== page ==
Artificial intelligence, machine learning and deep learning are three terms you’re going to hear a lot in the coming years. The artificial intelligence market is gaining ground at an explosive annual compound growth rate of 57.2 percent and will be worth $35.87 billion by 2025. Meanwhile, the $1.41 billion machine learning market is growing at an impressive CAGR of 44.1 percent and will be worth $8.81 billion by 2022. At the same time, the deep learning market is increasing at a CAGR of 65.3 percent and will be worth $1.7229 billion by 2022.
As these high CAGR rates indicate, all three of these markets are growing simultaneously, a reflection of their close relationship. But at the same time, the differing values for the size of these markets illustrate that they are not interchangeable, with AI representing the largest and most general of the three categories and deep learning representing the smallest and most specialized. Here’s a closer look at what these three technologies are, how they relate to each other and how they differ.
Artificial Intelligence: Automating Routine Tasks
Artificial intelligence is the broadest of the three terms, including machine learning and deep learning as subsets. AI is a branch of computer science that uses computers to copy and automate human cognitive tasks such as logical deduction, mathematical computation, language processing and sensory perception.
An ultimate goal of artificial intelligence research is general AI, which envisions an artificial brain that could replicate all human cognitive functions, like androids in movies. But most AI research focuses on specific applications of AI. A familiar example of AI is intelligent personal assistants such as Apple’s Siri or Amazon’s Alexa. Other examples include computers that play chess, spam filters and self-driving cars and drones.
Machine Learning: Making AI Flexible
Machine learning is a specialized application of artificial intelligence that enables computer programs to behave more flexibly than traditional AI. Traditional AI instructs programs to run set routines following predetermined rules that yield predictable outcomes. In contrast, machine learning uses probability to analyze patterns in data, testing a range of mathematical models that fit the same set of data until settling on a pattern than represents a best approximation. By “learning” from data in this way, machine learning can yield a more flexible range of outcomes than traditional AI.
Machine learning is typically used to analyze trends in data, make future predictions based on those trends, or suggest decisions based on how probable trends match up against a desired outcome. Qualcomm’s Artificial Intelligence platform uses machine learning for applications such as comparing scans of your fingerprints or face with those of a user trying to access your mobile device in order to verify that it’s really you. It also can interpret the audio in your surrounding area to detect and eliminate background noise and predict voice patterns.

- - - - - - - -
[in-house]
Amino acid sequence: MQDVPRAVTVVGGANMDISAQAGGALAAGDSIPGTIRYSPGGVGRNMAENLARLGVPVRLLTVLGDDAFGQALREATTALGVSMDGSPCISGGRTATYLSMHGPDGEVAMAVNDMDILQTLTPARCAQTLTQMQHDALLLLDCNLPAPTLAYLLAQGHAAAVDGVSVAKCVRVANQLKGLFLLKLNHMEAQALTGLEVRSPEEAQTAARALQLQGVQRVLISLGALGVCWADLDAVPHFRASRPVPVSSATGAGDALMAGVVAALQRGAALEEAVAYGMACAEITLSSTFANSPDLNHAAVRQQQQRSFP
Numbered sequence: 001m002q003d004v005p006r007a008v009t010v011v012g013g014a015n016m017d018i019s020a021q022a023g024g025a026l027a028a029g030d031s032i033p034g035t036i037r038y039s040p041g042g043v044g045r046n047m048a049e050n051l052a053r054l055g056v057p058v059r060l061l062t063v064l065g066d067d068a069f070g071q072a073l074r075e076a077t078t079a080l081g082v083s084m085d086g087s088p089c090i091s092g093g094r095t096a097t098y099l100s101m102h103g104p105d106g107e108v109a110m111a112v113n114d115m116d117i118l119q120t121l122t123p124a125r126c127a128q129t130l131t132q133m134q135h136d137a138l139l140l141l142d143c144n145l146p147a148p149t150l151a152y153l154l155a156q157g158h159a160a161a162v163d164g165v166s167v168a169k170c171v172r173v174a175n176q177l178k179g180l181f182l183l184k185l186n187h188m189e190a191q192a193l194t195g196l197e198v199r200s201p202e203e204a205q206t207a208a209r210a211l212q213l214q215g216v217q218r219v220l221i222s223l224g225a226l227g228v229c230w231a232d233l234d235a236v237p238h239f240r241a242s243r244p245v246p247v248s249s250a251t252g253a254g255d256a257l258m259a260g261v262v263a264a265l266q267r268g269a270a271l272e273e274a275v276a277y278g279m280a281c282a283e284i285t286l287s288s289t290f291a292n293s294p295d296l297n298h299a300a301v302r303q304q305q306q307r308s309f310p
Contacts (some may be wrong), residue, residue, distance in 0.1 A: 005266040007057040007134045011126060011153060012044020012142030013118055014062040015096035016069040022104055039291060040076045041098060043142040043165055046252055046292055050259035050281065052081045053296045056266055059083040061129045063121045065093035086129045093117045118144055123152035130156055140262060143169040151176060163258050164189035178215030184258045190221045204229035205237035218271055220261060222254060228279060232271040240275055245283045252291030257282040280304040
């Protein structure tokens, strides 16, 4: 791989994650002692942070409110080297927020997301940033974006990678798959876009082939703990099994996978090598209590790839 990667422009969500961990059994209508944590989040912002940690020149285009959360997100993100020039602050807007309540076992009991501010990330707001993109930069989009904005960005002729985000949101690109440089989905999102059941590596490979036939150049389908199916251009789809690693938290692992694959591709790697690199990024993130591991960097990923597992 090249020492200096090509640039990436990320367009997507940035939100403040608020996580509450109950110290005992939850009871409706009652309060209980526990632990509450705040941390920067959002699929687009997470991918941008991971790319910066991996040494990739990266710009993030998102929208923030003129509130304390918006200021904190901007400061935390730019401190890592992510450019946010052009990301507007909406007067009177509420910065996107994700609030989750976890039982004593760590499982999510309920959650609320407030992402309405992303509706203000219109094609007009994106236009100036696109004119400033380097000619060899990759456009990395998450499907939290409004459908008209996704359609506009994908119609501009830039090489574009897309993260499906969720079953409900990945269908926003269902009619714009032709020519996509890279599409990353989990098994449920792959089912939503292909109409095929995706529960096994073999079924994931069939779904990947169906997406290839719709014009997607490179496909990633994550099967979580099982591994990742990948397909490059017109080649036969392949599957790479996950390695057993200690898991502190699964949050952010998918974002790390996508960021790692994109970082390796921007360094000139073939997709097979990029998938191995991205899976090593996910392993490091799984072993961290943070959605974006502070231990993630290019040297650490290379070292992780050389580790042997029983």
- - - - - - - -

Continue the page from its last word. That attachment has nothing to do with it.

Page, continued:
Another common application of machine learning is when Netflix makes movie recommendations based on your previous viewing. Machine learning can also be used to adjust website options to user preferences, prevent credit card fraud or teach robots how to navigate.
Deep Learning: Using Data to Discover Patterns
Deep learning is an even more specialized application of AI and machine learning that uses artificial neural networks to find patterns in big data. Modeled on the way the human nervous system accepts and processes sensory input, neural networks process digital input through a series of layers before generating output. In each layer, a digital signal is assigned a logical or mathematical value that measures how closely the input corresponds to a desired outcome, such as how closely an image matches a target image. Each layer transforms the initial signal and passes it on for further assessment by another layer until a final output is generated. This multiple layering provides the “deep” aspect of deep learning.
Deep learning is extremely useful for pattern matching. A pioneering application of deep learning was Google teaching a neural network to identify images of cats by browsing YouTube videos. Other deep learning applications include computer vision, speech recognition and natural language processing.
Artificial intelligence, machine learning and deep learning are closely related but distinct technologies. AI, the most general of the three, automates routine tasks, while machine learning opens up more flexible probability-based analysis, predictive modeling and decision-making; and deep learning applies artificial neural networks to machine learning in order to train computers to find patterns in data. All three technologies are poised for explosive growth over the next five years, and they will become increasingly common in the home, at work and where we shop.